When I was reading the final paragraph in your commentary I was particularly stroke again by the notion of mans (tragic) upward seduction towards the eternally unchangeable immutable realm of the ideas or the Gods. Historically I never been able to discern critically how widespread this notion about the realm of the ideas actually was in Greek culture as a whole or at what decisive juncture the ideas become a more tenable or believable part of the cultured Greeks’ general education rather then the mythic beliefs that surrounded the Olympian Gods. I think that perhaps in many important ways we can begin to see this critical difference, a difference that is even more visibly apparent today, between the fundamental notions of the logos and mythos. Likewise in Plato’s dialogue, Parmenides, the One exists only as a unity of the many, and the Many only exists only as a manifold of units. In this dialogue Plato seems to (unlike his early dialogues) concede some type of reciprocity between the universal or the ideas and the particular, meaning the empirical, given datum of what’s apparent as reality before us in the world as it is, namely that which can’t be dissolved back into concepts. However it’s in this connection that I agree that with your or Parmenides statement that we must return to our pluralistic mortal cosmos, where the singular can only be returned to momentarily, or more exactly as something that can no longer be anything “more” then it is. However this “more” that demands nothing more that what it actually is can only be experienced in the sense of a relationship not just between the “mortal” things that give the world it’s sense of unity, but also in terms of what can be, precisely “no more” and this is the essence of what we should perhaps mean by something being temporal. Yet, in order to fully understand not the concept of what something means in a temporal state or how it relates to “things in time”, which is the way many people relate to many temporal things, including their own mortality, it’s important I think to see “temporality ‘ in the original sense of how things pass, are more simply as their passing in this world of which we are a small part, and this relationship doesn’t relate us to time but to those things that can be “no more” because they are complete in-themselves. Paradoxically to know something can be “no more” is also to know that it is more then what can be its temporal moment.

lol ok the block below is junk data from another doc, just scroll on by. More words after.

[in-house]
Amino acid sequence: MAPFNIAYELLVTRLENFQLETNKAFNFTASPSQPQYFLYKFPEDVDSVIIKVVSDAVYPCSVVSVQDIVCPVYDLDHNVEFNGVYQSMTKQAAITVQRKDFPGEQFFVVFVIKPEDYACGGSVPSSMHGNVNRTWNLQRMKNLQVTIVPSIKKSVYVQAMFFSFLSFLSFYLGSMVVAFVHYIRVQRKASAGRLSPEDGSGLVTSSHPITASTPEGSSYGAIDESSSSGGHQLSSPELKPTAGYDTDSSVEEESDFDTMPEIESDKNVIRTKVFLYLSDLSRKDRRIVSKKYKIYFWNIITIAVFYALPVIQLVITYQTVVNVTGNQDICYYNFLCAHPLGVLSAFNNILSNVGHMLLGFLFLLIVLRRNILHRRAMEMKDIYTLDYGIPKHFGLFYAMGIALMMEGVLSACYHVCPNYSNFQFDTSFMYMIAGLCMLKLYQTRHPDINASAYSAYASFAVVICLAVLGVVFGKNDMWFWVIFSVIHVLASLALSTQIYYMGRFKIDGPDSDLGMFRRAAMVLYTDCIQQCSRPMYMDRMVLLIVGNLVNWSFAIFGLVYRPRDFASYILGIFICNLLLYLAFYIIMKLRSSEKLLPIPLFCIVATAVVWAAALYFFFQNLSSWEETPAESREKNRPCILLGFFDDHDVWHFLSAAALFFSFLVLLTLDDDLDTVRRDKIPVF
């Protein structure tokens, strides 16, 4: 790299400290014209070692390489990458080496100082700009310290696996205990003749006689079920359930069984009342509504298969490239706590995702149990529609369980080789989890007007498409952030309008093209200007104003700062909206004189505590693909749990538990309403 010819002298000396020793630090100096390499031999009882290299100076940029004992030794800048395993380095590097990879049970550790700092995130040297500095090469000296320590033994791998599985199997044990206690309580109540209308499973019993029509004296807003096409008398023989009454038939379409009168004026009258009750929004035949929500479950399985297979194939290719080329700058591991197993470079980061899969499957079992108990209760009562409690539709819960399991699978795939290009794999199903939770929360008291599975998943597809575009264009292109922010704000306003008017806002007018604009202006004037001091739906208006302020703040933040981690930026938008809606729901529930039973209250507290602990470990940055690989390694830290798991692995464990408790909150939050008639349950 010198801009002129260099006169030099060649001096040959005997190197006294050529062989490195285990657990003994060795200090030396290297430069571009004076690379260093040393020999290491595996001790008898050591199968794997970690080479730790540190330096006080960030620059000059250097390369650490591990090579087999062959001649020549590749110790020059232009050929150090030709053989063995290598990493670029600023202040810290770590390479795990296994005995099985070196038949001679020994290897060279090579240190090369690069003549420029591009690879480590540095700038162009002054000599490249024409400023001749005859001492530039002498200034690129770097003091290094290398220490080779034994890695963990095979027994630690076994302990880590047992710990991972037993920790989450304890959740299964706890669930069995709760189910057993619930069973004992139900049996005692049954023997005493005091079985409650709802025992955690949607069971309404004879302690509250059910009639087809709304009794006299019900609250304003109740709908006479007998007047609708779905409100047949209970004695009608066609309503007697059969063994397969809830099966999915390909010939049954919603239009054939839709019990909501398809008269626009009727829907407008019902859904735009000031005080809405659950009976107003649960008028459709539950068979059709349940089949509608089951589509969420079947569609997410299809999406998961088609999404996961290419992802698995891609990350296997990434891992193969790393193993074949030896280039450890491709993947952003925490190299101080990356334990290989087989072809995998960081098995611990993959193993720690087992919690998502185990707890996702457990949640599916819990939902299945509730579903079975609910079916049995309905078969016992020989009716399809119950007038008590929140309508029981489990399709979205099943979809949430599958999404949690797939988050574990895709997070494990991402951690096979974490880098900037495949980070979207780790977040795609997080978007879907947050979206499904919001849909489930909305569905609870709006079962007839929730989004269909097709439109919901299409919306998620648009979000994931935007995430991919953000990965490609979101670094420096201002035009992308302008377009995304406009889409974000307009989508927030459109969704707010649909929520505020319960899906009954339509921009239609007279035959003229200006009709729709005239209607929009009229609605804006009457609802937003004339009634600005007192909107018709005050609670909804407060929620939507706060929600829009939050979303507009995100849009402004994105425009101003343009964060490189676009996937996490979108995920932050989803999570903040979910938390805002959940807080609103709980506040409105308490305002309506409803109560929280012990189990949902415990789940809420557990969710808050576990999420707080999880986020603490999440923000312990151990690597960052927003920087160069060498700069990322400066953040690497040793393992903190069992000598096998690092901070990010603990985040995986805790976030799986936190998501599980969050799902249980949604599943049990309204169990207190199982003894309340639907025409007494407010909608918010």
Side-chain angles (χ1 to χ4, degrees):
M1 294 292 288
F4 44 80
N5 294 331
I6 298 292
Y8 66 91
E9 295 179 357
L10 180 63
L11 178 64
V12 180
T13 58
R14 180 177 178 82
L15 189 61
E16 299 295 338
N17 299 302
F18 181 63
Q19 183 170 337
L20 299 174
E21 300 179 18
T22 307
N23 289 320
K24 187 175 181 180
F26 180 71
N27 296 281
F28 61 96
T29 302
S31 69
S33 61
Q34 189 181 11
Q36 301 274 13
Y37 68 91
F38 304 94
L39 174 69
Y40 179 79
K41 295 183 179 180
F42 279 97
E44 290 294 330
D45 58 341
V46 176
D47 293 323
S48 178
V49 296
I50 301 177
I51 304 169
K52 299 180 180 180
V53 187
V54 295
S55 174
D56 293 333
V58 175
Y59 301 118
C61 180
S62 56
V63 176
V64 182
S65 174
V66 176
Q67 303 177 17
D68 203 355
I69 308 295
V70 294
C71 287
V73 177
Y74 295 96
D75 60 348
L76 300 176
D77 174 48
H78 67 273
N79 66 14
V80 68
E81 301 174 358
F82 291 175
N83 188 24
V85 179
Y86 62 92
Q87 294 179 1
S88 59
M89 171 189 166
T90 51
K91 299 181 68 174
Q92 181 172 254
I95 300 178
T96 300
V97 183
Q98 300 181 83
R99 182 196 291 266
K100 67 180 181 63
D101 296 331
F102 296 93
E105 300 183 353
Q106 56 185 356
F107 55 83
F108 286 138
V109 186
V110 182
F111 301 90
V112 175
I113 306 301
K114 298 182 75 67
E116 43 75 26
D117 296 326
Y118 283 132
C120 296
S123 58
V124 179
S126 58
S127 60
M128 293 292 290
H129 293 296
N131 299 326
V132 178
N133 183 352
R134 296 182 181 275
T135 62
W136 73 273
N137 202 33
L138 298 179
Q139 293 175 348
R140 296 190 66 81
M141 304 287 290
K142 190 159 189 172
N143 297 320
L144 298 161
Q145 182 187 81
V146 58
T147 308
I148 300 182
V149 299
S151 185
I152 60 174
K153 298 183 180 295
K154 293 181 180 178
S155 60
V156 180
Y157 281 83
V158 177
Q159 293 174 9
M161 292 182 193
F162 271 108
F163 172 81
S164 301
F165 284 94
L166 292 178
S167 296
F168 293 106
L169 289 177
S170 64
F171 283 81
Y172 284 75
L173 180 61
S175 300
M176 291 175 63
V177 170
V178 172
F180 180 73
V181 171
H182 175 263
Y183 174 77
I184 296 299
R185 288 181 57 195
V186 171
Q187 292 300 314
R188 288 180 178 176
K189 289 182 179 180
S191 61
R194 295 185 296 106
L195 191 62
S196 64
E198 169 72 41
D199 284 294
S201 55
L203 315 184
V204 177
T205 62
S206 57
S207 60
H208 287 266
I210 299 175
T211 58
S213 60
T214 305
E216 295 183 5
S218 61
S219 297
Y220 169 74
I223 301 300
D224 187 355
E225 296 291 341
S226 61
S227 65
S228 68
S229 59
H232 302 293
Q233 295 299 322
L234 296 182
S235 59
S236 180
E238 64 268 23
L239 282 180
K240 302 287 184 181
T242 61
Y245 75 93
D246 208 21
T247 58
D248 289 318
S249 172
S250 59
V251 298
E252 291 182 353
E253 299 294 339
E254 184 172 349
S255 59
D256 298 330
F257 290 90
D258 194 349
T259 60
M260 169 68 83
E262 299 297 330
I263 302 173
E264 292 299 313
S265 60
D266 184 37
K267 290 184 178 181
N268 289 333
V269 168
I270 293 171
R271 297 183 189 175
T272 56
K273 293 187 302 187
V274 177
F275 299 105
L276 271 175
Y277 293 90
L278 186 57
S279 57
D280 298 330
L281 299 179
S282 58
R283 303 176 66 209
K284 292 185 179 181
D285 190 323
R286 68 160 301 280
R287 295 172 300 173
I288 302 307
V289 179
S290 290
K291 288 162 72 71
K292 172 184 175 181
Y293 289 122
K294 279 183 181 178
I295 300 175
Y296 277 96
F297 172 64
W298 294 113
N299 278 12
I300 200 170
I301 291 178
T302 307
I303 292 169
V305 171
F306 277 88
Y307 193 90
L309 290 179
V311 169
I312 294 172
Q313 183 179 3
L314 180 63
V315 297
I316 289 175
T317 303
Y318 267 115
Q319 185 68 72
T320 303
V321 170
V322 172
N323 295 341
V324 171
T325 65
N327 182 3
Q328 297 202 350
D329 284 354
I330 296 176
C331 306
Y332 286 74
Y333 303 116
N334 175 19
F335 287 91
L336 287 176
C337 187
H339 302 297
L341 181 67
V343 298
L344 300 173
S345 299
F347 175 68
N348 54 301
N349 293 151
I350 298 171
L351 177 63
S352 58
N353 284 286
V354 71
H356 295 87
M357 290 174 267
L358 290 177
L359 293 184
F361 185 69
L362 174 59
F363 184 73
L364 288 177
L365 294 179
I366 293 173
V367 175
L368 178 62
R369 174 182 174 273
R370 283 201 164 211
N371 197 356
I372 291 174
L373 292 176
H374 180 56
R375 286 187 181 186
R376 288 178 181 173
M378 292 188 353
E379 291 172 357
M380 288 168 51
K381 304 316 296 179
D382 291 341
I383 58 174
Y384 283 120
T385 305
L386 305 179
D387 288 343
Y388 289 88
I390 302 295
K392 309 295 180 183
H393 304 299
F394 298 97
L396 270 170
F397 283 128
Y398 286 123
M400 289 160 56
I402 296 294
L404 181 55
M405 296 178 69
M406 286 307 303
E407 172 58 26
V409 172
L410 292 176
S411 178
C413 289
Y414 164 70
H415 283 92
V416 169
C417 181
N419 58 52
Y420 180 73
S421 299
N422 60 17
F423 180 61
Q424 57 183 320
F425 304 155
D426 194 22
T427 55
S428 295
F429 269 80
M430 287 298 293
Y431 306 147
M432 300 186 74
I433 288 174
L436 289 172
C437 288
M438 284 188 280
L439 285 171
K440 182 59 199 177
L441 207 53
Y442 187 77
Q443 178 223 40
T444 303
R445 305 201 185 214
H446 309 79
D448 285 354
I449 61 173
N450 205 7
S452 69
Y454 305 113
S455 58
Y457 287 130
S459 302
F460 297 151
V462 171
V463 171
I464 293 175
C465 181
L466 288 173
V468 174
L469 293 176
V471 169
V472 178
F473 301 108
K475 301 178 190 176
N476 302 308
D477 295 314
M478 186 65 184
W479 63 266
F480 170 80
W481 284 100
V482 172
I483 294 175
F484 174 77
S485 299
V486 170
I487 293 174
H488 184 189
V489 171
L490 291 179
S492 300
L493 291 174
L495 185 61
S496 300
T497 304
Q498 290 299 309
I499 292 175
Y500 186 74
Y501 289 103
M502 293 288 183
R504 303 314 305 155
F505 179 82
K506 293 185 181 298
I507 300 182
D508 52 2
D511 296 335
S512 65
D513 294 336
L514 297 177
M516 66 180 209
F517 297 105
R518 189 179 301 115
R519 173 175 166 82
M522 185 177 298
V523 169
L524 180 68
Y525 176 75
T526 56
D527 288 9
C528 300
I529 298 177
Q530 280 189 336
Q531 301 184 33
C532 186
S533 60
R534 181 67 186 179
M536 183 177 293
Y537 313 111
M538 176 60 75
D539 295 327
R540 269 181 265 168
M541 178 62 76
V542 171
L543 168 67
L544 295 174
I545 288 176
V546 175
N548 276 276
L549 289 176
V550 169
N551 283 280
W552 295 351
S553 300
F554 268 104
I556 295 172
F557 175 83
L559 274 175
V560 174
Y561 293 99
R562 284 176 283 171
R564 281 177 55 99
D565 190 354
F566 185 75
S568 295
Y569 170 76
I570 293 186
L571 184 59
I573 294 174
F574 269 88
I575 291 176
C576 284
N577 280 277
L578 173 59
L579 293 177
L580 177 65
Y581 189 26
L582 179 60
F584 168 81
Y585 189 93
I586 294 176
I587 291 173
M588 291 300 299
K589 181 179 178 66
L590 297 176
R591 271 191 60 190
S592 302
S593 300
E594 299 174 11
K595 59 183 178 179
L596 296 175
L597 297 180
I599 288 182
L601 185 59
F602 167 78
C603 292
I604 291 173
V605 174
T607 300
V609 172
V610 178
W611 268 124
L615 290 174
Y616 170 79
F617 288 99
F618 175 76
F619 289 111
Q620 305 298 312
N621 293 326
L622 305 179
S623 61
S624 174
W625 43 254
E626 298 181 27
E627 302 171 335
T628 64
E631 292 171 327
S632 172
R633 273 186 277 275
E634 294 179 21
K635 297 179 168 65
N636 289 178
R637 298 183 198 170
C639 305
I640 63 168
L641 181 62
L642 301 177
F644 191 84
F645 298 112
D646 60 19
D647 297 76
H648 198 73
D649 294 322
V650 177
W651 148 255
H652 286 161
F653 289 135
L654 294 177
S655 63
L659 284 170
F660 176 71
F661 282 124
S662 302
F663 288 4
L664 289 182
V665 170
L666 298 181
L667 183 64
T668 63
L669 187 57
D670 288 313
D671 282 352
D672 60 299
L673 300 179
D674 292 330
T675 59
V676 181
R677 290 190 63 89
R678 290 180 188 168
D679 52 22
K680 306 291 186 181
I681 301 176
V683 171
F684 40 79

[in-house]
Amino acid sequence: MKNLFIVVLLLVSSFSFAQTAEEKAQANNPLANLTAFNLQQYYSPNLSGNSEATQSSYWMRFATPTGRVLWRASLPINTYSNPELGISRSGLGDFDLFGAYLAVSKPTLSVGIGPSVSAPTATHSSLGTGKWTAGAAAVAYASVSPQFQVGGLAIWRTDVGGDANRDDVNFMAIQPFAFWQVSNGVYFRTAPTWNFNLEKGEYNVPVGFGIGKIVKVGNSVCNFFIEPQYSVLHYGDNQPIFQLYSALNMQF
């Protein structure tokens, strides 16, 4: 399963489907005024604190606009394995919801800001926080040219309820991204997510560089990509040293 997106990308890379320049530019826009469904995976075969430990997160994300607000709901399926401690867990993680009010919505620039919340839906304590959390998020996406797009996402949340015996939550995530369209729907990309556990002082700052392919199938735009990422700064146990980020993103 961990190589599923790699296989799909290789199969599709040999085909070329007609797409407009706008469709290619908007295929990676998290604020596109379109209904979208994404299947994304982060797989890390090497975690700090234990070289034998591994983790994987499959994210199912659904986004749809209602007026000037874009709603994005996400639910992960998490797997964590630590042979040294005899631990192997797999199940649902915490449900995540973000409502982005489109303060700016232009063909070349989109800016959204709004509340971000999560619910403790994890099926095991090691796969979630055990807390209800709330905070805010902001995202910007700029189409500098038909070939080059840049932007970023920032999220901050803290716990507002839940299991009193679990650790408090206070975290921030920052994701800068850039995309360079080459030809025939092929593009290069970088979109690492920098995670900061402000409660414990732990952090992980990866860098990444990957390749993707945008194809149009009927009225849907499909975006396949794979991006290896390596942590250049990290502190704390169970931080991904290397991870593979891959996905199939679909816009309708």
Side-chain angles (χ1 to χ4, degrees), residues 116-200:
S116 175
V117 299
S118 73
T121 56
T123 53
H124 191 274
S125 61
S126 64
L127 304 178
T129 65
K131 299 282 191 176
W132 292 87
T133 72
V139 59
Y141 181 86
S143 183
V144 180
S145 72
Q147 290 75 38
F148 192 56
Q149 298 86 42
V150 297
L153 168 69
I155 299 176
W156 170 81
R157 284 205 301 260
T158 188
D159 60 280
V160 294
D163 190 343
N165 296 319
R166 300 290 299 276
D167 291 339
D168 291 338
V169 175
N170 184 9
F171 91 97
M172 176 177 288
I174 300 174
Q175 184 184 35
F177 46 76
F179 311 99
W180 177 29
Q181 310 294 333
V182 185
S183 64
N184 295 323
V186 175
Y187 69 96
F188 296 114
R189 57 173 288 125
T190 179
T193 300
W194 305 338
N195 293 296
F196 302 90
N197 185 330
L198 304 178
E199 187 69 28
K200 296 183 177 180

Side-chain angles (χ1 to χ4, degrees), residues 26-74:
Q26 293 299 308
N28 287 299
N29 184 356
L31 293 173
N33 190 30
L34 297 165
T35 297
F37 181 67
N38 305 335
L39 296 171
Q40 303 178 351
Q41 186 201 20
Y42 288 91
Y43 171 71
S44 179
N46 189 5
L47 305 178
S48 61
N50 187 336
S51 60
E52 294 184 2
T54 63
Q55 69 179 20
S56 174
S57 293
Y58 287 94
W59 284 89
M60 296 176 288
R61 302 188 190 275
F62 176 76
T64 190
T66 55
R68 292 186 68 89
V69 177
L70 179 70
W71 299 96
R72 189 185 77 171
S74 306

I think that perhaps Reiner Schurmann sensed something of this lost along the pathway in western thought with all the talk about ideas and form, ultimately we have perhaps lost the feel for what life really is through our readiness to know it without knowing.



  2. J

    The work you are citing from is now in print. Just thought you might like to let your readers know the reference: Parmenides, Plato and Mortal Philosophy: Return From Transcendence (Continuum Studies in Ancient Philosophy)